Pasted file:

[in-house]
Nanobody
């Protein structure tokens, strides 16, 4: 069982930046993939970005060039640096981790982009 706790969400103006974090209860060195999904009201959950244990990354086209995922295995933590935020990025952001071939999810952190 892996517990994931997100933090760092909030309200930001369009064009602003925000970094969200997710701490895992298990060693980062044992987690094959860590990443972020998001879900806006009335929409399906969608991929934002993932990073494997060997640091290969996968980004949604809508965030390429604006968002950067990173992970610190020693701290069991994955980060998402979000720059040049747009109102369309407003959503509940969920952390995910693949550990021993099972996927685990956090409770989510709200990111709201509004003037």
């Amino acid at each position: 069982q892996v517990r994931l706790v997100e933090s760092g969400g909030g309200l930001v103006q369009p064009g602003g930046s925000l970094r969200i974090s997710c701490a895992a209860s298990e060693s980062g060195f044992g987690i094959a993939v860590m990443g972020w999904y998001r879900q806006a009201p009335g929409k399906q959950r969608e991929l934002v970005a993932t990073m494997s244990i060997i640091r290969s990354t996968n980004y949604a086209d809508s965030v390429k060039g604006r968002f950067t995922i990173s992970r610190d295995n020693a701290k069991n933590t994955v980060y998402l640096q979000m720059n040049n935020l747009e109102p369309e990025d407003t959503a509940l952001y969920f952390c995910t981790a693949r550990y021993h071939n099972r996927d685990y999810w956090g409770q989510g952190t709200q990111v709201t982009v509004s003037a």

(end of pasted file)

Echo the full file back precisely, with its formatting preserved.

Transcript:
[in-house]
Nanobody
């Protein structure tokens, strides 16, 4: 069982930046993939970005060039640096981790982009 706790969400103006974090209860060195999904009201959950244990990354086209995922295995933590935020990025952001071939999810952190 892996517990994931997100933090760092909030309200930001369009064009602003925000970094969200997710701490895992298990060693980062044992987690094959860590990443972020998001879900806006009335929409399906969608991929934002993932990073494997060997640091290969996968980004949604809508965030390429604006968002950067990173992970610190020693701290069991994955980060998402979000720059040049747009109102369309407003959503509940969920952390995910693949550990021993099972996927685990956090409770989510709200990111709201509004003037």
């Amino acid at each position: 069982q892996v517990r994931l706790v997100e933090s760092g969400g909030g309200l930001v103006q369009p064009g602003g930046s925000l970094r969200i974090s997710c701490a895992a209860s298990e060693s980062g060195f044992g987690i094959a993939v860590m990443g972020w999904y998001r879900q806006a009201p009335g929409k399906q959950r969608e991929l934002v970005a993932t990073m494997s244990i060997i640091r290969s990354t996968n980004y949604a086209d809508s965030v390429k060039g604006r968002f950067t995922i990173s992970r610190d295995n020693a701290k069991n933590t994955v980060y998402l640096q979000m720059n040049n935020l747009e109102p369309e990025d407003t959503a509940l952001y969920f952390c995910t981790a693949r550990y021993h071939n099972r996927d685990y999810w956090g409770q989510g952190t709200q990111v709201t982009v509004s003037a």